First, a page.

Sunday, 23 January 2011

Review: Black Swan

Darren Aronofsky has oft been described as the marmite director: you either love him, or hate him. It is easy to see how many will love Black Swan, and how many will hate it, but I loved it. It follows the mental breakdown of an aspiring ballerina (Portman's dazzling performance as Nina) in her preparation to play the Swan Queen in her company's latest rendition of Swan Lake. Her problem: she is fragile, innocent, timid - all the characterisitics of the White Swan; but in order to play the role, she must unlock her debauched and darker side for her character's evil twin, the Black Swan.
As the story unfolds Aronofsky places Nina in a series of awkward interactions, moments of simmering tension that reminded me of Von Trier's dramatic masterpiece, Dogville, where we see Nicole Kidman's callow creation, Grace, suffer such discomforting behaviour it seems so surreal and unlikely, yet never manages to stray from utterly believable. It is the same stomach-churning we suffer with Nina, as the viewer not only witnesses her decline, but also suffers it, as we are shown her physical decomposition and transformation into the Black Swan. Portman completely immerses herself in the role, just as her character does in the film, and her efforts have paid off with critical acclaim and Oscar buzz surrounding her. Vincent Cassel, Mila Kunis and Barbara Hershey also give strong performances in a film with no easy roles; each character having that bittersweet blend to make the viewer wonder if they are good or bad, white or black.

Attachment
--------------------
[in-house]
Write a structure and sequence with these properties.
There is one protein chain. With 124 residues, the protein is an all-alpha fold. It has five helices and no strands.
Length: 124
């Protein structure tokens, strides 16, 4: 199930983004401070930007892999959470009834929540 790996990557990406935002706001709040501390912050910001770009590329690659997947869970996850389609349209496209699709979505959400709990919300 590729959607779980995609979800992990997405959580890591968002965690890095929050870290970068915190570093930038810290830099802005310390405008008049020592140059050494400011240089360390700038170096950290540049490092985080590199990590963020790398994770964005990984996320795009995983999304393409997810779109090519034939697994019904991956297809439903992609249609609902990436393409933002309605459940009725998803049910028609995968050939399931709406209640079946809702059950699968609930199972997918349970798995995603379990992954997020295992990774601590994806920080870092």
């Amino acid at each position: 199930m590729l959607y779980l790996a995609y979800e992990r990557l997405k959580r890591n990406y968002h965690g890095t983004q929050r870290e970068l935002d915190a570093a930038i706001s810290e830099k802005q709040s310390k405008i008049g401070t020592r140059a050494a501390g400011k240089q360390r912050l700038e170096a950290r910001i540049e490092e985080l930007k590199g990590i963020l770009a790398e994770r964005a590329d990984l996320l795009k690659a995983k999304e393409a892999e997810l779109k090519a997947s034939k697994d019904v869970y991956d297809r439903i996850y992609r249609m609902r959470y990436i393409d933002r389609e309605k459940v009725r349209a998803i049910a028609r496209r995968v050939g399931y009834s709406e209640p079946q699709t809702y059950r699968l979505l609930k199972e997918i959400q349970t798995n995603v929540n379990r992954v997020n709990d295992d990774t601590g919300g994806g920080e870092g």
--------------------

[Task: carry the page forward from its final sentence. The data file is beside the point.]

Like The Wrestler, Black Swan appears to have been filmed in the same documentary manner giving the film an unsettlingly realistic appearance, none of that shine and gloss so frequently demonstrated in the multiplex hits from Cameron, Bay and Bruckheimer. What we have here instead is the organic grit gained by shooting handheld and in 16mm, and what makes it all the more prevalent, is that by using this technique Aronofsky further unsettles the viewer with its stark realism; it appears so unbearably visceral. The only way to watch Black Swan is with an open mind; let it wash over you and it won't be long before you've forgotten where you are. Aronosfky's latest is the masterpiece The Wrestler nearly was.

1 comment:

  1. These were great, as was Black Swan.

    http://www.empireonline.com/news/story.asp?NID=29205

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